In 2011, NATO intervened in Libya with an aerial bombing campaign that rapidly brought about the downfall of the oppressive Gaddafi regime. Unfortunately, things have not gone smoothly since then. Libya has been through multiple governments and much strife over the past few years, but Western news outlets are largely ignoring the conflict — unsurprising given its complexity and the lack of a clear “good guy.” This article will attempt to provide a condensed overview of the current situation in Libya but will not advocate for one particular side. In the aftermath of the NATO intervention, Libya was unable to unite around a single government. As a result, numerous factions vie for power in the country, and allegiances shift on a frequent basis.
Two different governments
Libya’s original governing body was the General National Council (GNC), which was relatively unpopular. In 2014, elections to replace the GNC were held, but the Libyan Supreme Constitutional Court (based in Tripoli) invalidated the results, allowing the GNC to stay in power. The newly-elected legislators, known as the Council of Deputies (CoD), refused to accept the court ruling and relocated themselves to Tobruk, a city on Libya’s Northeastern coastline. The Council of Deputies is also known as the Tobruk-led government after its new base of operations. It is backed by the powerful Libyan National Army (LNA), which contains many remnants of Gaddafi’s regime.
In an attempt to consolidate the CoD and GNC into one political entity and end the infighting, the Government of National Accord (GNA) was created. Most of the GNC members accepted the deal, but the CoD did not. The result: Libya is split, with the eastern and southern portions being nominally controlled by the CoD and the western half by the GNA. The CoD contains many who were loyal to the old Gaddafi regime, while the GNA is home to players on the more revolutionary side of the spectrum. The GNA is officially recognized as the government of Libya by the UN, but the CoD also has powerful backers such as Egypt.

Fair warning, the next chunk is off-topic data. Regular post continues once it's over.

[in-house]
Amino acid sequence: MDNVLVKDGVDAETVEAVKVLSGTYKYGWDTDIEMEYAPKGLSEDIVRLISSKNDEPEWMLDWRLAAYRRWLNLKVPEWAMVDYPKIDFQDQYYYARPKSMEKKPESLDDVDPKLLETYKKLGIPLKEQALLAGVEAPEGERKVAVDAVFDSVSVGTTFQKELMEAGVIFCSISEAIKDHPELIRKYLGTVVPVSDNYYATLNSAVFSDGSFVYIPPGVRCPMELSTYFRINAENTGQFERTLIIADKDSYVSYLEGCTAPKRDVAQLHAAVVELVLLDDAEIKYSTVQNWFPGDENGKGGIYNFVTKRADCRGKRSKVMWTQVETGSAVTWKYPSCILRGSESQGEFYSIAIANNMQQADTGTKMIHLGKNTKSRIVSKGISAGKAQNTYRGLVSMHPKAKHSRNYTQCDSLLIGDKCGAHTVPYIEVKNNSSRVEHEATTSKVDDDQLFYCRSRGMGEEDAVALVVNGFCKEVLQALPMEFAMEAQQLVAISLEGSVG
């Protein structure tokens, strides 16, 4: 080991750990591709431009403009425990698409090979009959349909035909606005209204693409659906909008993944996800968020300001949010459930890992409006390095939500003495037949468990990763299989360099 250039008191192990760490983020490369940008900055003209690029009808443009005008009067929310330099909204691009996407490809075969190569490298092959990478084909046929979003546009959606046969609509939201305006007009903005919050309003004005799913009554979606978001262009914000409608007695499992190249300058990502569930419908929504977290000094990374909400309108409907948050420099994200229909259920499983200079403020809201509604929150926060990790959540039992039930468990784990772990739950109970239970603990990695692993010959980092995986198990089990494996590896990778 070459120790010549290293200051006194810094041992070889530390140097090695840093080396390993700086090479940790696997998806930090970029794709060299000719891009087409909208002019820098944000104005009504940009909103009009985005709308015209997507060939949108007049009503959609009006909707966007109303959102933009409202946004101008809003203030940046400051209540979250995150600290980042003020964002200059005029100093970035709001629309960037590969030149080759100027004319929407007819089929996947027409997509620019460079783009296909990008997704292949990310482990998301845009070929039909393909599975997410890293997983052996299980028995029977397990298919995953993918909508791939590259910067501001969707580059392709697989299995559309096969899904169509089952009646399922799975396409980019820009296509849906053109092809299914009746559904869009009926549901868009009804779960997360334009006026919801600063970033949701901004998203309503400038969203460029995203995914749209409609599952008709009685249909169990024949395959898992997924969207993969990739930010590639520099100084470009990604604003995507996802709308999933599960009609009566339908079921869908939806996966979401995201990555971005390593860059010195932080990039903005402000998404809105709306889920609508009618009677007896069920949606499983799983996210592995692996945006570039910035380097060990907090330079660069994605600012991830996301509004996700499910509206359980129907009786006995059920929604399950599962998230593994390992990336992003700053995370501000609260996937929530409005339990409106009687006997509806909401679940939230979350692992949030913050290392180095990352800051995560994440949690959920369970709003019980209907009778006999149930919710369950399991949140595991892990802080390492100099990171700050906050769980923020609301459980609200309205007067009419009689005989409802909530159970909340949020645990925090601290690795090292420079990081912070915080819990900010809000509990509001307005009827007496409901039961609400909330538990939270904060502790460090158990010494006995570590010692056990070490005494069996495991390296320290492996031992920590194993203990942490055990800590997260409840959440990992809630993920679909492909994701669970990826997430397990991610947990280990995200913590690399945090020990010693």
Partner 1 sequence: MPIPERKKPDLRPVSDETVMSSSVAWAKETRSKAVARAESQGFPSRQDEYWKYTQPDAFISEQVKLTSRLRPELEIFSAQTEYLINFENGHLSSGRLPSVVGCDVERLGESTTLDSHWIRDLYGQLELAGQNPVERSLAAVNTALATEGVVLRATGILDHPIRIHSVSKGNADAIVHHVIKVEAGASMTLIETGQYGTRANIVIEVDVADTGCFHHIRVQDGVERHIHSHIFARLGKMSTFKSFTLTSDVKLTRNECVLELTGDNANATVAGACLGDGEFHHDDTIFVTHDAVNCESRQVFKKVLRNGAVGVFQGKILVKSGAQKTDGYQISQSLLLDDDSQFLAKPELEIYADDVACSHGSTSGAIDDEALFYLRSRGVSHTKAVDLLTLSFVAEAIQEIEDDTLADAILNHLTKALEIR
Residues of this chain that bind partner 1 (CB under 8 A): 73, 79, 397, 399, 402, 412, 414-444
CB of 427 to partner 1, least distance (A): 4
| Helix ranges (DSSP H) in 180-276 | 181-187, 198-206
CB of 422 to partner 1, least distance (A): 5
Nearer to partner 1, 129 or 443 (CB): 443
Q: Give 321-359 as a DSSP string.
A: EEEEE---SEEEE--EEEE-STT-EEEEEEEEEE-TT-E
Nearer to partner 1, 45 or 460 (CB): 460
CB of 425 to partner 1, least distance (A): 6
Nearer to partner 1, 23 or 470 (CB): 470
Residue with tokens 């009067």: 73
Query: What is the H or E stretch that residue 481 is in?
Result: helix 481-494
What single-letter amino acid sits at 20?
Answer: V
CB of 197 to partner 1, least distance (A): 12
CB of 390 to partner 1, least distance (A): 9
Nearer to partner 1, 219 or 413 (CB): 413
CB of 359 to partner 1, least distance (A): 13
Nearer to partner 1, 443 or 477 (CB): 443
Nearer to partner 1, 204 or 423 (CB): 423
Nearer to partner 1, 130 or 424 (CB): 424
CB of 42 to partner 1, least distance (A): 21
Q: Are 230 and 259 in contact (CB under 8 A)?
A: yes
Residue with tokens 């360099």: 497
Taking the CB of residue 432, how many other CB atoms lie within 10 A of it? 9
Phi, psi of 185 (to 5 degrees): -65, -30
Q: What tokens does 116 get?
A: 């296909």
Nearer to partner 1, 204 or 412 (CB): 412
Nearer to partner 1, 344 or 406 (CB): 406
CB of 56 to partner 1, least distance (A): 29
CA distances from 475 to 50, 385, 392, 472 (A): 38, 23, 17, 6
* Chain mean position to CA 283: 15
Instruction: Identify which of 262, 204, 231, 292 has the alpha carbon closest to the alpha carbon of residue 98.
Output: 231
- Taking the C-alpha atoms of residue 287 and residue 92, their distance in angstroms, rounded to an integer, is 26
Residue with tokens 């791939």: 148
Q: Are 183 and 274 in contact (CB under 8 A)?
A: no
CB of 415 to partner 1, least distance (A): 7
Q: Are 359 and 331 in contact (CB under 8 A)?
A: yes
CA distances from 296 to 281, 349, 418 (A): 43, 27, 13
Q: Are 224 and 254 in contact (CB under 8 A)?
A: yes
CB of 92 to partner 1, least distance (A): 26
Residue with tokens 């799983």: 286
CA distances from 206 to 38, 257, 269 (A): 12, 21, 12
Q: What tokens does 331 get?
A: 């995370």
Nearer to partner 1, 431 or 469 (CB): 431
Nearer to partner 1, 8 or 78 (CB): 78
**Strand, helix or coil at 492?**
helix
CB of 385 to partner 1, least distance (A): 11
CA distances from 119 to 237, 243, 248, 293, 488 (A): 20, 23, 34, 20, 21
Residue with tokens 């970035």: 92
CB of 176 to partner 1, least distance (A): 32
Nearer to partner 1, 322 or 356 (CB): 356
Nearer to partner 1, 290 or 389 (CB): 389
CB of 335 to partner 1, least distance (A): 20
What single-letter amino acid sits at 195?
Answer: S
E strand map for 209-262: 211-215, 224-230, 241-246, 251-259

Jihadist and Islamist groups
Like in the Syrian Civil War, the power vacuum allowed Islamic militants to gear up and join the fight. ISIS, which has ravaged Iraq and Syria, also operates in parts of Libya, attacking government forces on both sides. Other smaller Islamic groups also operate in Libya, and while none control vast swaths of territory anymore, they do pose a serious threat to the security of Libya.
Tribes and other local forces
In addition to Islamic militants, there are some local militias which are not primarily religious and merely exist to further the interests of their members. The Tuareg ethnic militias, which seized the opportunity to establish their own sphere of influence, are a great example. The Tuaregs militias control a swath of Southwestern Libya and are a main player in the conflict. The National Salvation Government, composed of GNC remnants, is also worth noting. While its territorial holdings are very small compared to the GNA and CoD, it does contest the GNA in key Western cities such as Tripoli.
By this point, you should be able to make sense of the above map, which shows that Libya is still highly fragmented but key players are emerging. If the CoD and GNA can unify, it is conceivable that the other forces could be suppressed or eliminated, but for now, both governments remain defiant.